Leasehold Enfranchisement for Landlords - FAQs

I have received a Section 13 Notice under the Leasehold Reform, Housing and Urban Development Act 1993?

If receiving a notice such as this, it potentially means that a collective of leaseholders in the building are trying to purchase the freehold and are doing so by providing you with offer terms to do so. By law, providing the claim is valid, you are compelled to comply; you would then have two months from receipt in order to respond with a counter notice. Failing this, the leaseholders can proceed on the terms of their offer notice (or “initial notice”). It is therefore important to instruct a Solicitor and a Surveyor as soon as possible to deal with such a notice. The leaseholders must pay your reasonable legal and surveyor costs involved in this process.

Many landlords would prefer not to be compelled to sell their freehold property, depending on the circumstances, an enfranchisement can be stopped or delayed. We can for example advise on preventative measures to a potential enfranchisement claim.

Can I oppose a statutory enfranchisement claim?

If the initial notice is itself invalid, it can be rejected. For example, if the notice does not come from at least 50% of the qualifying tenants. If the notice is not critically defective, this would at most be a delaying tactic, but when the premium price is dependent on a particular valuation date, and the fact that the valuation date is frozen on the date that the offer notice is served before marriage value is to become applicable, one can begin to see how such delays can be advantageous in some circumstances.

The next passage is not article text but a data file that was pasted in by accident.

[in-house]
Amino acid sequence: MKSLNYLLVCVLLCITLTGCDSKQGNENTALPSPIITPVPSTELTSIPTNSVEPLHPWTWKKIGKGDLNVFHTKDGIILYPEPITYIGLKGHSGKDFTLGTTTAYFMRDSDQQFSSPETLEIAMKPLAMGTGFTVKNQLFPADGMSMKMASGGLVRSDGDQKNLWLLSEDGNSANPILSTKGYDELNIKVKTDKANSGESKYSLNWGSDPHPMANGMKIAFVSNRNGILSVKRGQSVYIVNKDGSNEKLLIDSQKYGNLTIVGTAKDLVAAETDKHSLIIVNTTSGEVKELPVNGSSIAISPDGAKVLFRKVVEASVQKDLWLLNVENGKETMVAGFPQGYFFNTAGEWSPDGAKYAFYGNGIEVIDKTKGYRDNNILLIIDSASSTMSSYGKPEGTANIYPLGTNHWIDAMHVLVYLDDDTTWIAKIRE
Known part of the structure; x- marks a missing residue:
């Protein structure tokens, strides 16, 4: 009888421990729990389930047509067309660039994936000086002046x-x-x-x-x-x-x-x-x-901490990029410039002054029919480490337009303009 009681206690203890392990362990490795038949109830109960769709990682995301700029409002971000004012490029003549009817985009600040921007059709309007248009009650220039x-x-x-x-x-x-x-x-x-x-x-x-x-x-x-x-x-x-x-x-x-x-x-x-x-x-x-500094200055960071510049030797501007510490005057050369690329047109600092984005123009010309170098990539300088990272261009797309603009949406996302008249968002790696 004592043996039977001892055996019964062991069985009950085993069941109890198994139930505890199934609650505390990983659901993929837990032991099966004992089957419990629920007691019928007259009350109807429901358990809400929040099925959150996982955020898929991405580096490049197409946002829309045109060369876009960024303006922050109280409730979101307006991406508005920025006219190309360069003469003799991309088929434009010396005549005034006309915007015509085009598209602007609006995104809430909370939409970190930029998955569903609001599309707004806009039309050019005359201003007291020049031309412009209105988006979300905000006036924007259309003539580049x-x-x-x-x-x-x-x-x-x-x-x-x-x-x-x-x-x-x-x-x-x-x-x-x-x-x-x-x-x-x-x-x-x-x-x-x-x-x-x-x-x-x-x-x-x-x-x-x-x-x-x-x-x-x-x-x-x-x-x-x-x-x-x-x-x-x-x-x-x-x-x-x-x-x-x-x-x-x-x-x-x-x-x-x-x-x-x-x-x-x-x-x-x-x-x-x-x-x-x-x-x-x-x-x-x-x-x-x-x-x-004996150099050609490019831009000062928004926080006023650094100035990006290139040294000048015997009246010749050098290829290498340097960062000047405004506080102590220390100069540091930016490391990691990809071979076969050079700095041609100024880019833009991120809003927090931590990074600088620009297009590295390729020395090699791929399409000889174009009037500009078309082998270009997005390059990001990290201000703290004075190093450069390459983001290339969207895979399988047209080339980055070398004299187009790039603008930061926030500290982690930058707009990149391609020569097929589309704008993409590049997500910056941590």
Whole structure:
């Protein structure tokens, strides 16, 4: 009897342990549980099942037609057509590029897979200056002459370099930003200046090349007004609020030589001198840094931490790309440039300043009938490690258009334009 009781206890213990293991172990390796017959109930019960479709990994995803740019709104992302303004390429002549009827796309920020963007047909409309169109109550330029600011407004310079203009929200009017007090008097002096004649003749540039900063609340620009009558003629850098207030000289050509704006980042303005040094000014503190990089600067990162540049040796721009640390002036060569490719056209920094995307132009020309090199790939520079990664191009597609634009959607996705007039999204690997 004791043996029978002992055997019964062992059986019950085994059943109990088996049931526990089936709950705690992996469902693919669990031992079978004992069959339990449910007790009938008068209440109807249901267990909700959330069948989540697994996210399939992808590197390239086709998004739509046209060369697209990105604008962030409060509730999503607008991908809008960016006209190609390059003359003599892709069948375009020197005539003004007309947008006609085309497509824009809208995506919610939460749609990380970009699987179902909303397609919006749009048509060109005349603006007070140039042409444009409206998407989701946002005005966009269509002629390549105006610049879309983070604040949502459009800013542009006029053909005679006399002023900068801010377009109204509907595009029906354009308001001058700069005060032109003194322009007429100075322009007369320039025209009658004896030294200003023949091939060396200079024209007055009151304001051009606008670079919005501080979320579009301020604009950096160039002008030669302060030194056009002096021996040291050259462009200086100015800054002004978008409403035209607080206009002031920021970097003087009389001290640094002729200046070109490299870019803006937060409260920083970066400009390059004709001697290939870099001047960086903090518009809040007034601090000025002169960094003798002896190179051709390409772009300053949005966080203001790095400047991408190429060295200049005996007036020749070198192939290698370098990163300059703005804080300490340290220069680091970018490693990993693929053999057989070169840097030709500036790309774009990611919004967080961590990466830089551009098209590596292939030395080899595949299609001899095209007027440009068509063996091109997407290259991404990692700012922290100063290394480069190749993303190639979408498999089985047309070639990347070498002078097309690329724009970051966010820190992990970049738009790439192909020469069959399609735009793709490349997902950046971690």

If there are grounds to dispute the claim, then you still will want to maximise your investment. The leaseholders are only permitted to obtain the residential parts that qualify under the Act, this means that you can retain a segment of the building that you wish to keep, known as a Leaseback. The "Leaseback" must be specified in your counter-notice, or otherwise you will lose your right to claim it.

The terms of Transfer are also regulated under the legislation; you will for example, if you have other surrounding properties, wish to prevent the leaseholders from developing their freehold to the detriment of your neighbouring properties. You are able to insist on such prohibitions to development within the transfer deed.

If you have received a Section 13 Notice, or you would like advice on how best to prepare for a potential enfranchisement claim, we are happy to help.

If you would like to know more, please feel free to get in touch by calling Daniel Tang on 0208 290 7373 or email dtang@judge-priestley.co.uk